Three months after surgery, 95 percent of patients who had the box lesion had no signs of AF, while only 85 percent of the patients who had the standard Cox-Maze IV procedure were free from AF. By six and 12 months postsurgery, all of the patients in the box lesion group were free from AF compared to 90 percent of the other group, although that difference was not statistically significant.

"We also saw that the use of antiarrhythmic drugs was lower after three and six months in those who received a box lesion," Damiano says. "These drugs can have serious side effects, and if patients can stop using them they often feel better. Overall, the use of the box lesion set was associated with shorter hospitalization, fewer medications and reduced recurrence of atrial fibrillation. We were very pleased with these results."

Compared to those without atrial fibrillation, people with the disorder are five times more likely to suffer from stroke and have up to a two-fold higher risk of death. For some patients, medications can control the abnormal heart rhythms and the risk of clotting associated with atrial fibrillation, but unlike the Cox-Maze procedure, the drugs usually do not cure the disorder.

Source: Washington University School of Medicine

Explore further: Experts call for higher exam pass marks to close performance gap between international and UK medical graduates

add to favorites email to friend print save as pdf

Related Stories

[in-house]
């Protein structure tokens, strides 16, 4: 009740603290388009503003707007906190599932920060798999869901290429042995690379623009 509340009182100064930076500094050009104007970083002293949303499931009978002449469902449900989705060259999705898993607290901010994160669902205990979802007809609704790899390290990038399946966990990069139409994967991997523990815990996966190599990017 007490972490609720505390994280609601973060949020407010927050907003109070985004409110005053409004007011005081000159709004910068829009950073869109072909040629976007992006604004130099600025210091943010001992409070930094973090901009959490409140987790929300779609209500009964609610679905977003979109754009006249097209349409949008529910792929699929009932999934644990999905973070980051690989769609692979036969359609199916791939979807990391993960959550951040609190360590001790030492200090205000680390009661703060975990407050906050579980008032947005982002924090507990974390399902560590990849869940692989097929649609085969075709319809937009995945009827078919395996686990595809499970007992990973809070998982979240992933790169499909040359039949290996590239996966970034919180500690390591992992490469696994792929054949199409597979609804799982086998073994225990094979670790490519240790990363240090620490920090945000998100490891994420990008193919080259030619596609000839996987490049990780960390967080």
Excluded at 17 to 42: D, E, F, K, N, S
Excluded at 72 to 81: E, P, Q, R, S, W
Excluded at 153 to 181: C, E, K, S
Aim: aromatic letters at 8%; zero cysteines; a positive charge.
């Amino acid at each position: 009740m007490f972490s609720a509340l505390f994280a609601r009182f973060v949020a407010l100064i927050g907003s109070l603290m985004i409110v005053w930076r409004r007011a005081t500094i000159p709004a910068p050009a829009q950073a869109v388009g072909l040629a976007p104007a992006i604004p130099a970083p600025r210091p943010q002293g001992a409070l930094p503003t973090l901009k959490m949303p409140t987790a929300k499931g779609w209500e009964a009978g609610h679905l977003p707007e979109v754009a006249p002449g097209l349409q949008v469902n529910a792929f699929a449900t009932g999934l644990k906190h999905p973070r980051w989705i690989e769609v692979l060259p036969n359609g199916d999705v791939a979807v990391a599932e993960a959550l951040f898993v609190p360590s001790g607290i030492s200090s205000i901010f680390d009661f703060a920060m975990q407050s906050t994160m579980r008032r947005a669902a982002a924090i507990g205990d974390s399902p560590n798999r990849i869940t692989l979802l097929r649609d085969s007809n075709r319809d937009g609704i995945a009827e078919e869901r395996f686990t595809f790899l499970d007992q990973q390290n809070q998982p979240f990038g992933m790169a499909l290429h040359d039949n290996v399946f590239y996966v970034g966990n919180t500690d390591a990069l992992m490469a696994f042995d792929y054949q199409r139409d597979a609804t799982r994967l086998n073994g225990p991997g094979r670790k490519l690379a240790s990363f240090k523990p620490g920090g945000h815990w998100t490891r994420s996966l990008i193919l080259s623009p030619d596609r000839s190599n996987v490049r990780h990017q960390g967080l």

Light can detect pre-cancerous colon cells

Oct 11, 2011

After demonstrating that light accurately detected pre-cancerous cells in the lining of the esophagus, Duke University bioengineers turned their technology to the colon and have achieved similar results in a series of preliminary ...

Recommended for you

What are the chances that your dad isn't your dad?

Apr 16, 2014

How confident are you that the man you call dad is really your biological father? If you believe some of the most commonly-quoted figures, you could be forgiven for not being very confident at all. But how ...

New technology that is revealing the science of chewing

Apr 15, 2014

CSIRO's 3D mastication modelling, demonstrated for the first time in Melbourne today, is starting to provide researchers with new understanding of how to reduce salt, sugar and fat in food products, as well ...

After skin cancer, removable model replaces real ear

Apr 11, 2014

(HealthDay)—During his 10-year struggle with basal cell carcinoma, Henry Fiorentini emerged minus his right ear, and minus the hearing that goes with it. The good news: Today, the 56-year-old IT programmer ...

User comments : 0

More news stories

Leeches help save woman's ear after pit bull mauling

(HealthDay)—A pit bull attack in July 2013 left a 19-year-old woman with her left ear ripped from her head, leaving an open wound. After preserving the ear, the surgical team started with a reconnection ...

Scientists tether lionfish to Cayman reefs

Research done by U.S. scientists in the Cayman Islands suggests that native predators can be trained to gobble up invasive lionfish that colonize regional reefs and voraciously prey on juvenile marine creatures.

Venture investments jump to $9.5B in 1Q

Funding for U.S. startup companies soared 57 percent in the first quarter to a level not seen since 2001, as venture capitalists piled more money into an increasing number of deals, according to a report due out Friday.